As I’ve pointed out many times before, one of the most pervasive and entrenched myths about Intimate Partner Violence and Abuse (IPV/A) is that victims will be safe if they “could just leave their abusers.”  Far too many people believe that victims are free to leave their abusers at any time–and will naturally do so once the level of violence becomes “enough” to force that change.   

Usually, however, leaving does not put an end to the violence and abuse. Time and time again, this can be the most dangerous point in a relationship.  That’s when Separation Violence and Assault, or SVAkicks in. 

According to www.aardvarc.orga respected domestic violence information website, “Instead, (leaving) increases dynamics of violence and can initiate new levels of violence and new forms of retaliation from the abuser to the victim.  Many abusers believe that the victim ‘belongs to them and that as such, they are fully justified in doing whatever it takes to make sure that ‘their property’ remains theirs.”  To force the victim to reconcile with him/her, an abuser may escalate the violence.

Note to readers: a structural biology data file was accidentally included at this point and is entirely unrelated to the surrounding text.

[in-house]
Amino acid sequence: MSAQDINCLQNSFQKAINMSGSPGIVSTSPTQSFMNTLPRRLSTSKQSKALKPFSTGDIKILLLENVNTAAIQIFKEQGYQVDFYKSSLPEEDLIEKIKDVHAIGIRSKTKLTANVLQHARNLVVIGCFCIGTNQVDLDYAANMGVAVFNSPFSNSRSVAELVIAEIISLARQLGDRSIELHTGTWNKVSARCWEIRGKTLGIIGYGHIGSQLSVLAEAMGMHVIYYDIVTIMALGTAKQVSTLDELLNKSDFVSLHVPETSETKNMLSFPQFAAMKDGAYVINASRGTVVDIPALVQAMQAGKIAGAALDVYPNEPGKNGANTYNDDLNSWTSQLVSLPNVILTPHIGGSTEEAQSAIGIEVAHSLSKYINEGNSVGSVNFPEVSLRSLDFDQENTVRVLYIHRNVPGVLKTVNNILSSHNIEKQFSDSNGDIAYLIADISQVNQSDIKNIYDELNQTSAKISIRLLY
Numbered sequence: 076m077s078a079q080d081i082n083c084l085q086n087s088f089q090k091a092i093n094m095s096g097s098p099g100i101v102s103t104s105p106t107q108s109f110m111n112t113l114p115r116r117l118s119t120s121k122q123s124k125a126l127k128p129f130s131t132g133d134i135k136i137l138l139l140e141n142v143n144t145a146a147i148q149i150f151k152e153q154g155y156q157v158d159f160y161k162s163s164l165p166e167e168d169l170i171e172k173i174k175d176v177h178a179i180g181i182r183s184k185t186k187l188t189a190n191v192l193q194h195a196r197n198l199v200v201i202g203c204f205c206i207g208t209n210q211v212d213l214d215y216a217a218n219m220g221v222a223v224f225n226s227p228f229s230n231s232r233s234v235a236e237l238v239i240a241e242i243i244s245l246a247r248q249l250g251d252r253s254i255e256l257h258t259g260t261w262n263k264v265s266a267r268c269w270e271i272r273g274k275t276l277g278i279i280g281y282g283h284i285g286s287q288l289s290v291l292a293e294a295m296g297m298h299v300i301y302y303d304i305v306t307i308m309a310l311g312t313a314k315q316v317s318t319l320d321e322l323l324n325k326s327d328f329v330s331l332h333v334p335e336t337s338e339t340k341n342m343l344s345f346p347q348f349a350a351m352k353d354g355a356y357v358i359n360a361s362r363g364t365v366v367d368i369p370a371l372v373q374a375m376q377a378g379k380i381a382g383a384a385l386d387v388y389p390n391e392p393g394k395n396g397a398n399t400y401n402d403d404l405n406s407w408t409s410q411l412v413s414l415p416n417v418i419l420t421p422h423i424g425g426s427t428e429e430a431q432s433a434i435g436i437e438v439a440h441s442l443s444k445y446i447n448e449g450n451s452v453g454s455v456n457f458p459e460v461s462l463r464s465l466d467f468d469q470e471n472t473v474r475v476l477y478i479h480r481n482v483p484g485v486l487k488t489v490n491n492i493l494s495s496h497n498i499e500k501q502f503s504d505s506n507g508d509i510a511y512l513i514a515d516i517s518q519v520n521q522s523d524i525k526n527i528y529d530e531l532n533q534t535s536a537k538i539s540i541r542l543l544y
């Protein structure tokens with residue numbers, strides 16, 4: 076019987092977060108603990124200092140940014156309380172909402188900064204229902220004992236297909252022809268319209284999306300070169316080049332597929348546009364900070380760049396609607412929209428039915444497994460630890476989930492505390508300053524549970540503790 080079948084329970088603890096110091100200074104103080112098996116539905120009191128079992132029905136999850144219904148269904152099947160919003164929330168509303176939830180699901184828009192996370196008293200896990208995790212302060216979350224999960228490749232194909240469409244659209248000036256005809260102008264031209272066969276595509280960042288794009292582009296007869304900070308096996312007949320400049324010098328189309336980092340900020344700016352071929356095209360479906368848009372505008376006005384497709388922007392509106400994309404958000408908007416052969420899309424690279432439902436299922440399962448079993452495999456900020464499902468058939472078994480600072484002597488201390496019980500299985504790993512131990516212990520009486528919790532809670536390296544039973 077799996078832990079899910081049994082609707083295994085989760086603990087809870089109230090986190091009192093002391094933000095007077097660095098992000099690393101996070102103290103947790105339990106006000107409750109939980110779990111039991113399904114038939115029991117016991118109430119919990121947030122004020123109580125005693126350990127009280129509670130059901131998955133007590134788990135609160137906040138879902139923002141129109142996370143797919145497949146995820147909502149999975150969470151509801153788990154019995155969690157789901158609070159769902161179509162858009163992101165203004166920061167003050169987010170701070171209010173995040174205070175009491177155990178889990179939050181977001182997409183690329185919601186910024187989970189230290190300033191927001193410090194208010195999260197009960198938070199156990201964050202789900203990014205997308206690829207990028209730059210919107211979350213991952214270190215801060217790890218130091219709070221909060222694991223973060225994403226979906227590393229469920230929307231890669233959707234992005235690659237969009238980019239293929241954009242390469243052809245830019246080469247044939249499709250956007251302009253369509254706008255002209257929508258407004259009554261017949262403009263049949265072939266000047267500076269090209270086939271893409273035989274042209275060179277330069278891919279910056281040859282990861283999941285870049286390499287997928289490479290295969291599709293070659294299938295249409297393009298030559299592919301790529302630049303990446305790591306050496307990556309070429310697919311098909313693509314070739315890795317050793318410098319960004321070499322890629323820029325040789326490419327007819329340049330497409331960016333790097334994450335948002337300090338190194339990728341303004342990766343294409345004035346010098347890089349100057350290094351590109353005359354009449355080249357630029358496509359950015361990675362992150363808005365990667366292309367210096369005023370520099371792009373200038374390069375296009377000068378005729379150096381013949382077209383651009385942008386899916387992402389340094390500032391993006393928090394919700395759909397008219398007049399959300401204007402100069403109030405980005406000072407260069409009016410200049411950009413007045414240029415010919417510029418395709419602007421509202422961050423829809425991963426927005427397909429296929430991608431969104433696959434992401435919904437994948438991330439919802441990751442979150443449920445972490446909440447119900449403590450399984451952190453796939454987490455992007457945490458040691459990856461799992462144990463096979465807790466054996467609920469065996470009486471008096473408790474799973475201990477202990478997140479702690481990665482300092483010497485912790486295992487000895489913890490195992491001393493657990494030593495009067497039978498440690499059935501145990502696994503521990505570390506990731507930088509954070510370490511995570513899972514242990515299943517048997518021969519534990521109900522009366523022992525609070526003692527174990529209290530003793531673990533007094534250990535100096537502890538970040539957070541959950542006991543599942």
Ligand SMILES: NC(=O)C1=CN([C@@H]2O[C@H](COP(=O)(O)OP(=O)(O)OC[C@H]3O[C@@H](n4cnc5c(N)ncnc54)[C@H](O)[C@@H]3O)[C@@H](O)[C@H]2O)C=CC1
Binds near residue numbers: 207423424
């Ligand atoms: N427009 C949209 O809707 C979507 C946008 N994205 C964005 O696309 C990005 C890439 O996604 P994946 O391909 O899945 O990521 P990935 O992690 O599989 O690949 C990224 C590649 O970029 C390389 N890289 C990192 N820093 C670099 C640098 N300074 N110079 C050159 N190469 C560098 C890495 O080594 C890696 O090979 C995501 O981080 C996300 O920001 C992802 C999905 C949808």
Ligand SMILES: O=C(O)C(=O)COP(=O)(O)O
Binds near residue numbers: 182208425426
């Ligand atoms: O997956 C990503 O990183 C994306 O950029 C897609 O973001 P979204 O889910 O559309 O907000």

A while ago, I was the special guest on the acclaimed and uber-popular Sandy Rogers Radio Show, where I answered the question, “Is Separation the Answer?”– and many others regarding the umbrella of Intimate Partner Violence & Abuse/Domestic Violence & Abuse.  Sadly, due to the stressors caused by the COVID pandemic, this abusive, demoralizing, and potentially life-threatening cycle of behavior is on the rise.  Therefore, this in-depth Sandy Rogers episode is as timely, topical—and critical—as ever. 

Until We Meet Again…

I’ve made it my ongoing–and fervent–mission to continue to shine a bright light on IPV/Aa hellish and potentially life-threatening, cycle of dysfunctional behavior.  This entire month, and every month…

We Must RISE UP…And Tell Someone! Anyone Who Will Listen. We must make our “Great Escape.”

And always remember: the most powerful weapon the abuser has in his/her arsenal is…SILENCE!

If you or someone you know is experiencing IPV/A, call The National Domestic Violence Hotline (1-800-799-7233); (1-800-799-7233); the Trans Lifeline Hotline (U.S., 877-565-8860. Canada, 877-330-6366).  

I have a special IPV/A section right here at that includes resources to assist victims. Visit

The time is NOW to break the cycle!